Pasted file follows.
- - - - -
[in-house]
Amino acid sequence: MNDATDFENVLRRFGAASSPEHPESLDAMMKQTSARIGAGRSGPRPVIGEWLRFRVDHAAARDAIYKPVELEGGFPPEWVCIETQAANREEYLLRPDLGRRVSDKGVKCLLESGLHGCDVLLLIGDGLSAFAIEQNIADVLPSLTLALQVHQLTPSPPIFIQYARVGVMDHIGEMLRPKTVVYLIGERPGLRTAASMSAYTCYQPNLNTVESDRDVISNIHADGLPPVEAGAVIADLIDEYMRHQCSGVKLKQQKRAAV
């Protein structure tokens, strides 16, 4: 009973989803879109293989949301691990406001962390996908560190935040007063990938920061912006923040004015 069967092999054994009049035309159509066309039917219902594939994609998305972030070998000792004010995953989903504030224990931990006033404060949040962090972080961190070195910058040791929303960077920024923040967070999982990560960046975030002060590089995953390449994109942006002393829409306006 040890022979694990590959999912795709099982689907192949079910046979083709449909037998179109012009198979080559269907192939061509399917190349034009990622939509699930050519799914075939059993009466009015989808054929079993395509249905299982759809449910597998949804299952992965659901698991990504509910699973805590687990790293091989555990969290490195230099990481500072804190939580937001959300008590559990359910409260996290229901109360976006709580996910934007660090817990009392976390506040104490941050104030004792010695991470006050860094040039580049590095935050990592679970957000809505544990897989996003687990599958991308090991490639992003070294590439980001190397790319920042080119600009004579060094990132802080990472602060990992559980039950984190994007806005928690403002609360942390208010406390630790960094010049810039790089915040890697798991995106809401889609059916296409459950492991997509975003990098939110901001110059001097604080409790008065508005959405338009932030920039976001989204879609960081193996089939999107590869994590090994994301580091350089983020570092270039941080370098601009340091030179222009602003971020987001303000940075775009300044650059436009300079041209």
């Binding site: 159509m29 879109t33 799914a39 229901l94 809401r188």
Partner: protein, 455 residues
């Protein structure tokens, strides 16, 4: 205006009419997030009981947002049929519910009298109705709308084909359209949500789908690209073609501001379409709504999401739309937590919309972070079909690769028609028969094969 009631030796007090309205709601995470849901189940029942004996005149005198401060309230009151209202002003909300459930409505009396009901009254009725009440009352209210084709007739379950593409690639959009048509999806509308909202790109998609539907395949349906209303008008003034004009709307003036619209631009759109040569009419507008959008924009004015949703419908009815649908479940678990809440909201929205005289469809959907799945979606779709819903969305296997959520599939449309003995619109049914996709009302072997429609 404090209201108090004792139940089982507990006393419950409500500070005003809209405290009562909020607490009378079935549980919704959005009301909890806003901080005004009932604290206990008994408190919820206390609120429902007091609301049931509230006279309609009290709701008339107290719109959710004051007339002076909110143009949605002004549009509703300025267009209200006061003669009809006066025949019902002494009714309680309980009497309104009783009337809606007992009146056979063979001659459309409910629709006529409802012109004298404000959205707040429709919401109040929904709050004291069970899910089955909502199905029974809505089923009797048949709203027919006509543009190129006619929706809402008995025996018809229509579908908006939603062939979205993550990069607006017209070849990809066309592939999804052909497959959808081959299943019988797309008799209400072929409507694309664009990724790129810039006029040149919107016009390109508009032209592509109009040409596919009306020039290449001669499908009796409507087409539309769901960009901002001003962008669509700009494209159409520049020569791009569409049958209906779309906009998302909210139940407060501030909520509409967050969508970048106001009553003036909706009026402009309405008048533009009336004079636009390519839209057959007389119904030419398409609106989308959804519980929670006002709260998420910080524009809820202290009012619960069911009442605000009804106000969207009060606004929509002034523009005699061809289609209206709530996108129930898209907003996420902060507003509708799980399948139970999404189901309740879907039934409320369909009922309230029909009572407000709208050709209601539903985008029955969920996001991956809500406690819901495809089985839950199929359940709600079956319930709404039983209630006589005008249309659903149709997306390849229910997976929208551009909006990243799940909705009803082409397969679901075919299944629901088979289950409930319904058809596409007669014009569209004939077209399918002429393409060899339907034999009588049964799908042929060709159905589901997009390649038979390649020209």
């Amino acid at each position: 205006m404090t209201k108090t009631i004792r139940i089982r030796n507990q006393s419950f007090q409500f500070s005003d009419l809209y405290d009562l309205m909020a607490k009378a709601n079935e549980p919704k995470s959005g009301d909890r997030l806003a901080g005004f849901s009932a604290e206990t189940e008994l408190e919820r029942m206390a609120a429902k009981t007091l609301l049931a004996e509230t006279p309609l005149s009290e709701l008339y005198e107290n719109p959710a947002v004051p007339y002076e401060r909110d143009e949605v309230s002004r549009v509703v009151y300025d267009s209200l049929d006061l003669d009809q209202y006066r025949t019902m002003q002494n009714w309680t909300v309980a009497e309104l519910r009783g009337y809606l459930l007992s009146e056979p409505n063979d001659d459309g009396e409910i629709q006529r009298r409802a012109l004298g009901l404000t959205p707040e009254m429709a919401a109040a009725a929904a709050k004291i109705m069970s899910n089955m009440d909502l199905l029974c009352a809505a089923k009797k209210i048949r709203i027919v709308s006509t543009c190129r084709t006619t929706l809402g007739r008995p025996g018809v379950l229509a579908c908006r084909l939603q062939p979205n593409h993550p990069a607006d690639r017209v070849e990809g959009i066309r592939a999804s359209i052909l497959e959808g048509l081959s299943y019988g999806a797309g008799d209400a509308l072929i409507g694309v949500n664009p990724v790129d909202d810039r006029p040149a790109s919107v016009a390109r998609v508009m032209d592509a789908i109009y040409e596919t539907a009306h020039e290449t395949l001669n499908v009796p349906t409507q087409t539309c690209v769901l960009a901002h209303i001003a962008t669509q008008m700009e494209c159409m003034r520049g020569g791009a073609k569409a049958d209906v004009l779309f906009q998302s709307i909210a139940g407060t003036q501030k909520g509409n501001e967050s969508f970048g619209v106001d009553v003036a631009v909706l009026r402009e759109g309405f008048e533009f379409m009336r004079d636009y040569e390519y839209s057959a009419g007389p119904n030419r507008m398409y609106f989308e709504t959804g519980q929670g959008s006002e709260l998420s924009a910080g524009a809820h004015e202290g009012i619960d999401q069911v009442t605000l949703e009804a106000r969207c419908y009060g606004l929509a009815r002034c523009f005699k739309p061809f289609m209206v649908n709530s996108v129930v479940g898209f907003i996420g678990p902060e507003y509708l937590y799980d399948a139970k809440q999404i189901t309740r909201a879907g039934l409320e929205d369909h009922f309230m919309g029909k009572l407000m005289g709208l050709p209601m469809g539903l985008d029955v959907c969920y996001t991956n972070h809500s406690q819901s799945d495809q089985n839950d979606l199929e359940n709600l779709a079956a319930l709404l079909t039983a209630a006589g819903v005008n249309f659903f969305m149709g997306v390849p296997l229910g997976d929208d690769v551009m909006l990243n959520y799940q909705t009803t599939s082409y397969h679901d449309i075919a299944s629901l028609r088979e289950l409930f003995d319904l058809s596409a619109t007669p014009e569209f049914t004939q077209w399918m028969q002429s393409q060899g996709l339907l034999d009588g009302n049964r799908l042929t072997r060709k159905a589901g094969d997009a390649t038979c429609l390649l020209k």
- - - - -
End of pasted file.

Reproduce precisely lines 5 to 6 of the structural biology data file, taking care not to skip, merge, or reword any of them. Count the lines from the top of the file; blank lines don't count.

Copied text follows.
Partner: protein, 455 residues
């Protein structure tokens, strides 16, 4: 205006009419997030009981947002049929519910009298109705709308084909359209949500789908690209073609501001379409709504999401739309937590919309972070079909690769028609028969094969 009631030796007090309205709601995470849901189940029942004996005149005198401060309230009151209202002003909300459930409505009396009901009254009725009440009352209210084709007739379950593409690639959009048509999806509308909202790109998609539907395949349906209303008008003034004009709307003036619209631009759109040569009419507008959008924009004015949703419908009815649908479940678990809440909201929205005289469809959907799945979606779709819903969305296997959520599939449309003995619109049914996709009302072997429609 404090209201108090004792139940089982507990006393419950409500500070005003809209405290009562909020607490009378079935549980919704959005009301909890806003901080005004009932604290206990008994408190919820206390609120429902007091609301049931509230006279309609009290709701008339107290719109959710004051007339002076909110143009949605002004549009509703300025267009209200006061003669009809006066025949019902002494009714309680309980009497309104009783009337809606007992009146056979063979001659459309409910629709006529409802012109004298404000959205707040429709919401109040929904709050004291069970899910089955909502199905029974809505089923009797048949709203027919006509543009190129006619929706809402008995025996018809229509579908908006939603062939979205993550990069607006017209070849990809066309592939999804052909497959959808081959299943019988797309008799209400072929409507694309664009990724790129810039006029040149919107016009390109508009032209592509109009040409596919009306020039290449001669499908009796409507087409539309769901960009901002001003962008669509700009494209159409520049020569791009569409049958209906779309906009998302909210139940407060501030909520509409967050969508970048106001009553003036909706009026402009309405008048533009009336004079636009390519839209057959007389119904030419398409609106989308959804519980929670006002709260998420910080524009809820202290009012619960069911009442605000009804106000969207009060606004929509002034523009005699061809289609209206709530996108129930898209907003996420902060507003509708799980399948139970999404189901309740879907039934409320369909009922309230029909009572407000709208050709209601539903985008029955969920996001991956809500406690819901495809089985839950199929359940709600079956319930709404039983209630006589005008249309659903149709997306390849229910997976929208551009909006990243799940909705009803082409397969679901075919299944629901088979289950409930319904058809596409007669014009569209004939077209399918002429393409060899339907034999009588049964799908042929060709159905589901997009390649038979390649020209």